Chapter

Goods and Processes

John Hicks

in Capital and Time

Published in print October 1987 | ISBN: 9780198772866
Published online November 2003 | e-ISBN: 9780191596414 | DOI: http://dx.doi.org/10.1093/0198772866.003.0001
 Goods and Processes

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This chapter discusses the theoretical rationale behind the book and presents an overview of its three parts. Part I introduces a method called ‘neo-Austrian’, based on the ‘Austrian theory of capital’ — the theory of B öhm-Bawerk that was subsequently elaborated by Wicksell and Hayek. The neo-Austrian theory differs from the old Austrian theory in one essential respect. Like Böhm-Bawerk (or Hayek), the general productive process is composed of a number of separable elementary processes. The separability is essential, and it is of course not wholly realistic. It is a leaving-out of one kind of complication, in the hope that by doing so we shall be able to see the rest of the problem more clearly. Part II, by contrast, launches out from the Steady State, and examines the paths along which the model can adjust itself to new conditions. Part III discusses some controversial issues on which the book may be found to throw some light.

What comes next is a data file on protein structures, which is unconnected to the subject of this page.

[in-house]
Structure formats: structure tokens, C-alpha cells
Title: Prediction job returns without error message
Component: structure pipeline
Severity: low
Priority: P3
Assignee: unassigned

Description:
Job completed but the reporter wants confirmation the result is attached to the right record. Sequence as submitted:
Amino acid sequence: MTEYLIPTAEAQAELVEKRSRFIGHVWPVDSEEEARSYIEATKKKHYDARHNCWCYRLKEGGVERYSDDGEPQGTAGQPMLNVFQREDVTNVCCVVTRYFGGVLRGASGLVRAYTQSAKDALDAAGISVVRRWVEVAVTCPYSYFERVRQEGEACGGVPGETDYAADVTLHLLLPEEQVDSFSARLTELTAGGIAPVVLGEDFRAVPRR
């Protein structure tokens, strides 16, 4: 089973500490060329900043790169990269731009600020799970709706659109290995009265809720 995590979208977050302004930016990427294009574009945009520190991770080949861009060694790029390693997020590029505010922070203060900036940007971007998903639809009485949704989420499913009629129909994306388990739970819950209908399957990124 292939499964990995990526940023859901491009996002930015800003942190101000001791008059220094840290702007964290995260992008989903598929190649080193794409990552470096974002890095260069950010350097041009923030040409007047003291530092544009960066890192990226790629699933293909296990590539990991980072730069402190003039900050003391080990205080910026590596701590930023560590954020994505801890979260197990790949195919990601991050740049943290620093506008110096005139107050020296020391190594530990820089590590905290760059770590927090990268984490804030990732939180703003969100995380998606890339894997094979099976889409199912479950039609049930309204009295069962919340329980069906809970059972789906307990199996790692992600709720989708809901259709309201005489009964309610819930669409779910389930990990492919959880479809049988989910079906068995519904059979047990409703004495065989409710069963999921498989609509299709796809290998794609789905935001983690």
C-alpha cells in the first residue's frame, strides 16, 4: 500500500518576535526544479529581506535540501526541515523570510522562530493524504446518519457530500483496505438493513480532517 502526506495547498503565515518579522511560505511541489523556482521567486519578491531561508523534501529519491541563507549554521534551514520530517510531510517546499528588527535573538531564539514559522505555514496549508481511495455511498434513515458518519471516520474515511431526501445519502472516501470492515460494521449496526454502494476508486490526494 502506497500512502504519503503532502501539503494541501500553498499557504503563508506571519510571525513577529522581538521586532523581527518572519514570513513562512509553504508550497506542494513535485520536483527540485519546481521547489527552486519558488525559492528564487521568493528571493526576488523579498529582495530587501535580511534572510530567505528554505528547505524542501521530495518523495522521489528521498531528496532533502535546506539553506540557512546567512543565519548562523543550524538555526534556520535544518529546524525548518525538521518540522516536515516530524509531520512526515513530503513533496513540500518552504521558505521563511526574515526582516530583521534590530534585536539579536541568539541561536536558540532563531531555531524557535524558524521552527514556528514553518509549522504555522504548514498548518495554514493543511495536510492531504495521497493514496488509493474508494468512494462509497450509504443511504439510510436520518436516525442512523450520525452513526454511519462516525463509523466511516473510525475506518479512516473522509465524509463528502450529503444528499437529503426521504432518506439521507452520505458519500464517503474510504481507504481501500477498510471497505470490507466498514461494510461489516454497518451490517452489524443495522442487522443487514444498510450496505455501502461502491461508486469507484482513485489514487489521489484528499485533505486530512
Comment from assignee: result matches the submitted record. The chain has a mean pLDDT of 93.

Keywords: neo-Austrian; Austrian theory; separable elementary processes; Böhm-Bawerk; Hayek

Chapter.  4887 words. 

Subjects: Macroeconomics and Monetary Economics

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